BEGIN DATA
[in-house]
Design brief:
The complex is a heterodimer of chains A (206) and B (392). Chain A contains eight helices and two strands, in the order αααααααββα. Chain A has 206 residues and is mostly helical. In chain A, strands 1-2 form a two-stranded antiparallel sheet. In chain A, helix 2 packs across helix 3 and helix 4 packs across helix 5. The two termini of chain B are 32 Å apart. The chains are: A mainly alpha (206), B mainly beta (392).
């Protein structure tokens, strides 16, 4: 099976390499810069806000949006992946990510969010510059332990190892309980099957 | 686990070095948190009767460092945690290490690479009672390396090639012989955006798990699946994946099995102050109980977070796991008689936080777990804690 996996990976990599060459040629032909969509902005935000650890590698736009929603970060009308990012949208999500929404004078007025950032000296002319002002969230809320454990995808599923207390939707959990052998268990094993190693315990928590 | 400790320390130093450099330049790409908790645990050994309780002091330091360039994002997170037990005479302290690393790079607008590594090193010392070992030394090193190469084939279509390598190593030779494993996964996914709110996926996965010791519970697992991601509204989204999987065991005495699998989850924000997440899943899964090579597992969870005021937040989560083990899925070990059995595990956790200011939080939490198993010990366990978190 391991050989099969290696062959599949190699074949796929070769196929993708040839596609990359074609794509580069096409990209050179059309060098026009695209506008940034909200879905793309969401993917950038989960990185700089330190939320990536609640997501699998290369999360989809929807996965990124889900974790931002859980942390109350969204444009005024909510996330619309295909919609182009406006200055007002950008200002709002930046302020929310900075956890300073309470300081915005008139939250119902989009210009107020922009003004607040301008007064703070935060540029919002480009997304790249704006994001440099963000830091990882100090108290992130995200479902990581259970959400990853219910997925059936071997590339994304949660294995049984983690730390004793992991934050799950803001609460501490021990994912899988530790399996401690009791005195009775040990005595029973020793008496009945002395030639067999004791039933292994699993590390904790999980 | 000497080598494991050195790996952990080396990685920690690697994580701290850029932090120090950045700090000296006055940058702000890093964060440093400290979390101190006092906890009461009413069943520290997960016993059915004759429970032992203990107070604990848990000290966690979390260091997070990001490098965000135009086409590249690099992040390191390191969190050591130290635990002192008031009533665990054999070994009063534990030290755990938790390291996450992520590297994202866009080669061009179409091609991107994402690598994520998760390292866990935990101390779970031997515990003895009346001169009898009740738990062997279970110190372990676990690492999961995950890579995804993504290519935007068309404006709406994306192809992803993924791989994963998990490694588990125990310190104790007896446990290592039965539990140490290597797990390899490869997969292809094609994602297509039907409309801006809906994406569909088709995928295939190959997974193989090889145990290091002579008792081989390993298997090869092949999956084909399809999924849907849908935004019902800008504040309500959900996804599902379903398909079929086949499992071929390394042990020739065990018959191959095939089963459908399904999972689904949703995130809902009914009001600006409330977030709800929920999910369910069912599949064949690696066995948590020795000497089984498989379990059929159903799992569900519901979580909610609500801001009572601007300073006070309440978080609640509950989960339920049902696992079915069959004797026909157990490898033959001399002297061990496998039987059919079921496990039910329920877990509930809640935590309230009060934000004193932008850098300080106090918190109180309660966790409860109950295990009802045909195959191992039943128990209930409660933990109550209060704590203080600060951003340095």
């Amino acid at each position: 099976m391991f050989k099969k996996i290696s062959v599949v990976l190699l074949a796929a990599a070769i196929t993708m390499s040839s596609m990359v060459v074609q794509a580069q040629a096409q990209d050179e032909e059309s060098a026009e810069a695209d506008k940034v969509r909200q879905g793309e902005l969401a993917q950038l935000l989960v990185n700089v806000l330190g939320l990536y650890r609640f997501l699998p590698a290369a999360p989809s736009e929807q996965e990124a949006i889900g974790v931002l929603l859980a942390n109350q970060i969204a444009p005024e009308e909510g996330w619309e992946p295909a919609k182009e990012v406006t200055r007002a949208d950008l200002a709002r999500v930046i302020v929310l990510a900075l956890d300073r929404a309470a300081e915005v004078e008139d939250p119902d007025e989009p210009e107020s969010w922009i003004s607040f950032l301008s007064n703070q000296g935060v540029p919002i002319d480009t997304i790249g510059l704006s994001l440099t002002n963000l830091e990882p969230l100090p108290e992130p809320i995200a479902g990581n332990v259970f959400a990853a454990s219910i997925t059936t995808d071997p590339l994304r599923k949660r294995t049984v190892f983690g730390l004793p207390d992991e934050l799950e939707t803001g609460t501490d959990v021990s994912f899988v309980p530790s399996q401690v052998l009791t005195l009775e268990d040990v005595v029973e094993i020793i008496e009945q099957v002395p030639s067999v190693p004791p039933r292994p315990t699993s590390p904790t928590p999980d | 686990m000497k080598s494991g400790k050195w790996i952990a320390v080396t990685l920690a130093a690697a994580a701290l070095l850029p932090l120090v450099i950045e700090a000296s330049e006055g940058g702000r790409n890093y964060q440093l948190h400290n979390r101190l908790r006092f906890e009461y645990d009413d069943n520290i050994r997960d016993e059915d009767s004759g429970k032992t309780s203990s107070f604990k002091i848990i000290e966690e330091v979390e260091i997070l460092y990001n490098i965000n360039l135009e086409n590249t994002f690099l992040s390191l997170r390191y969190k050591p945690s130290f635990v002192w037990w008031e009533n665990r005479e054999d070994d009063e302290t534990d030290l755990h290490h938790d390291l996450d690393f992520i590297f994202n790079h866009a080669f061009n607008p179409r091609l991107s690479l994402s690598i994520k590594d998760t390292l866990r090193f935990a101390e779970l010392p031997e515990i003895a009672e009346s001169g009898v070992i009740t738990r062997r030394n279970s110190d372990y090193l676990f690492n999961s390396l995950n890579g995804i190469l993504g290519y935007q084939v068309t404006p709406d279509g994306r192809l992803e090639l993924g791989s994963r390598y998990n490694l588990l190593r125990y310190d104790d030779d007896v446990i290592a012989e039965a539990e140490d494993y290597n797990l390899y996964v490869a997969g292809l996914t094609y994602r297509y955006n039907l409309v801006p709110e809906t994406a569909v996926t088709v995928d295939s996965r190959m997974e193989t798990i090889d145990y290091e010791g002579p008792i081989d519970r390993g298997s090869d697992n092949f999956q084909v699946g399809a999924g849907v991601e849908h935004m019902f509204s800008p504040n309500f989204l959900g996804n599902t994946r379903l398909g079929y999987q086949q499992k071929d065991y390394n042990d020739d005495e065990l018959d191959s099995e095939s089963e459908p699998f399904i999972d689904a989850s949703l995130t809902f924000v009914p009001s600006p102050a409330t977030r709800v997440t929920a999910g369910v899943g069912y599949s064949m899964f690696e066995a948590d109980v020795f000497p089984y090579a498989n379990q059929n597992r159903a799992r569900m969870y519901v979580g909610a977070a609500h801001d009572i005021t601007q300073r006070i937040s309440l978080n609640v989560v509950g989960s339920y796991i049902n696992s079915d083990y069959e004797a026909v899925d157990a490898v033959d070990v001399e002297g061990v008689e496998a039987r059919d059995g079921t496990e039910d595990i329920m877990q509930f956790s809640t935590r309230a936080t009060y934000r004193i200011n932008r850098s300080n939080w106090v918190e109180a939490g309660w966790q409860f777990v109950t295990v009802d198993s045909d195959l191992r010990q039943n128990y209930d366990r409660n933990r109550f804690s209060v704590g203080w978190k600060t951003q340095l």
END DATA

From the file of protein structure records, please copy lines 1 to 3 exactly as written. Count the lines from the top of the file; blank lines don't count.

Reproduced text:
[in-house]
Design brief:
The complex is a heterodimer of chains A (206) and B (392). Chain A contains eight helices and two strands, in the order αααααααββα. Chain A has 206 residues and is mostly helical. In chain A, strands 1-2 form a two-stranded antiparallel sheet. In chain A, helix 2 packs across helix 3 and helix 4 packs across helix 5. The two termini of chain B are 32 Å apart. The chains are: A mainly alpha (206), B mainly beta (392).